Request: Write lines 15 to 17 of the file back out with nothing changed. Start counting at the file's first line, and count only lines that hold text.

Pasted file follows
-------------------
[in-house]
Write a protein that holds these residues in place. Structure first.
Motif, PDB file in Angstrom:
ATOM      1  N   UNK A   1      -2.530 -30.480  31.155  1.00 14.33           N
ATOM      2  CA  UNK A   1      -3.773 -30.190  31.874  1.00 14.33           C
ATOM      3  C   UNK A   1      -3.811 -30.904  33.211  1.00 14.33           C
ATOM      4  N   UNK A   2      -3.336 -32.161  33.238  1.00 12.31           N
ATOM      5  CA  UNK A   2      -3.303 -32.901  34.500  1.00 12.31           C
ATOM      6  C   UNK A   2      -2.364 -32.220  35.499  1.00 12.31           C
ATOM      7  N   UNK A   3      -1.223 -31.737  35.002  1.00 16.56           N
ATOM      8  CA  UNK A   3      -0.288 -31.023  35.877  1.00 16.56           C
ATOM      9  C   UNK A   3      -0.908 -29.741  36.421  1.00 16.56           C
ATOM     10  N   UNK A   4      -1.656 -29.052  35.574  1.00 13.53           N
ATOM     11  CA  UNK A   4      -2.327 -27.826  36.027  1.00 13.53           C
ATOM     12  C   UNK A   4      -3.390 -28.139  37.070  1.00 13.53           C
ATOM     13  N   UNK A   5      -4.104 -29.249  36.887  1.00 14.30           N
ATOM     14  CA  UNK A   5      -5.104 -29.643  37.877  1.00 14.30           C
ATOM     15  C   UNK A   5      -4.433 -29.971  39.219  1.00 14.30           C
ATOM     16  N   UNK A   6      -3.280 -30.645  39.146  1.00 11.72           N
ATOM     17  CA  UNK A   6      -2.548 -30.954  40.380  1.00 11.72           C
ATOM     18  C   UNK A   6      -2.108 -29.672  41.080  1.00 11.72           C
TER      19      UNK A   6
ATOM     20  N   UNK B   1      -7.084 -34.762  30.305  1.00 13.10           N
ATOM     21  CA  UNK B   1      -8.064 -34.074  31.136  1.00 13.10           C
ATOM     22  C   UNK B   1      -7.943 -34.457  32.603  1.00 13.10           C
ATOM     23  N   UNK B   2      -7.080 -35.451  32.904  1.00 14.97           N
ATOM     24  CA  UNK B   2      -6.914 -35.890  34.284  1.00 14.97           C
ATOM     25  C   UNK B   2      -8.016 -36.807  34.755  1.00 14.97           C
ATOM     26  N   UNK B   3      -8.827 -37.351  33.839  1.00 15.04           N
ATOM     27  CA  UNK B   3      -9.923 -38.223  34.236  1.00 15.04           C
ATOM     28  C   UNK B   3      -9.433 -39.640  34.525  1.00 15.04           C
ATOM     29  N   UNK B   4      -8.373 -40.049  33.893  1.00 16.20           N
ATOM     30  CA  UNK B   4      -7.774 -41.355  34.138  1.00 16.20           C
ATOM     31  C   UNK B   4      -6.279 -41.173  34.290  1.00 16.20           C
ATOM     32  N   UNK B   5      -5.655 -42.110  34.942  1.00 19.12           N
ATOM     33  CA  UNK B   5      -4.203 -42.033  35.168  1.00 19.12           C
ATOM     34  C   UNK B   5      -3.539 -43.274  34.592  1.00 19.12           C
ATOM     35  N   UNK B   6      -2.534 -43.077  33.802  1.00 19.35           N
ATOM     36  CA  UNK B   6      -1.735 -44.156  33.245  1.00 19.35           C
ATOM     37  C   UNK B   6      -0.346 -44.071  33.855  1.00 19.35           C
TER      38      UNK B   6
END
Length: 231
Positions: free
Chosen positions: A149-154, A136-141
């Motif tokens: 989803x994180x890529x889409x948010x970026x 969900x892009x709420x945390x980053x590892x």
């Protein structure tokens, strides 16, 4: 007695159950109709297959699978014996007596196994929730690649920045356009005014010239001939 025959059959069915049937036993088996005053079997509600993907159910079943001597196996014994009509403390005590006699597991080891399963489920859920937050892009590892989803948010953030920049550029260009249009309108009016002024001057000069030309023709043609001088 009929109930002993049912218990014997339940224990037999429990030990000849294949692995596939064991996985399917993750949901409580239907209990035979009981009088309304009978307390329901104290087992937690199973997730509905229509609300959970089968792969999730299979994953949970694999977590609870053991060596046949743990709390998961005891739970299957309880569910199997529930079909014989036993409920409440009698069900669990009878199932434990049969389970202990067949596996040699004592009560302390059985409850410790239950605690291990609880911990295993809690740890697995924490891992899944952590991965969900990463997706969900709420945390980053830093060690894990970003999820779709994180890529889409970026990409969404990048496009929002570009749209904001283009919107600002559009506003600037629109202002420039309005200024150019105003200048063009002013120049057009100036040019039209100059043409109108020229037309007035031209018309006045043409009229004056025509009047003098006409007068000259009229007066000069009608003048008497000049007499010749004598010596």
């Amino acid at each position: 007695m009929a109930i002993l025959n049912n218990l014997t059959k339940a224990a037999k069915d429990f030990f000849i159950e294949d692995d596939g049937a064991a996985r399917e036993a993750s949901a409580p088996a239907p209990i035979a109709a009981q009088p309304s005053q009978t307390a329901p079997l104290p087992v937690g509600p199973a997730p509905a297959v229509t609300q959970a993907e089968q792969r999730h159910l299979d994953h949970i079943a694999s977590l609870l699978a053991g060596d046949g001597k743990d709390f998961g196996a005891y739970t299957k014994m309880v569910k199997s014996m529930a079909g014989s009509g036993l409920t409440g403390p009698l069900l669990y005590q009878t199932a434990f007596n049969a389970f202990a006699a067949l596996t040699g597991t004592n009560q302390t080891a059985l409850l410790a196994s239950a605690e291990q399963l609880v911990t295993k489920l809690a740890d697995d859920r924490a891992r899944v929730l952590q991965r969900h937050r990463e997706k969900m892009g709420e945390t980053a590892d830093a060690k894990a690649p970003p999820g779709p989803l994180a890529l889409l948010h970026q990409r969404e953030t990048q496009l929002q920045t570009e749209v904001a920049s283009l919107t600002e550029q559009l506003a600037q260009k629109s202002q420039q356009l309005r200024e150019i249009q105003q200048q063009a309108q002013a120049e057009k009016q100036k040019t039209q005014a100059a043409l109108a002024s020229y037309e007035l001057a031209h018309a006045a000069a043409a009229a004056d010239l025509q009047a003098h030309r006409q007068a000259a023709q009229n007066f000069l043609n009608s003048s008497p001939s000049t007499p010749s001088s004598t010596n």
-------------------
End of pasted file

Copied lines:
ATOM     12  C   UNK A   4      -3.390 -28.139  37.070  1.00 13.53           C
ATOM     13  N   UNK A   5      -4.104 -29.249  36.887  1.00 14.30           N
ATOM     14  CA  UNK A   5      -5.104 -29.643  37.877  1.00 14.30           C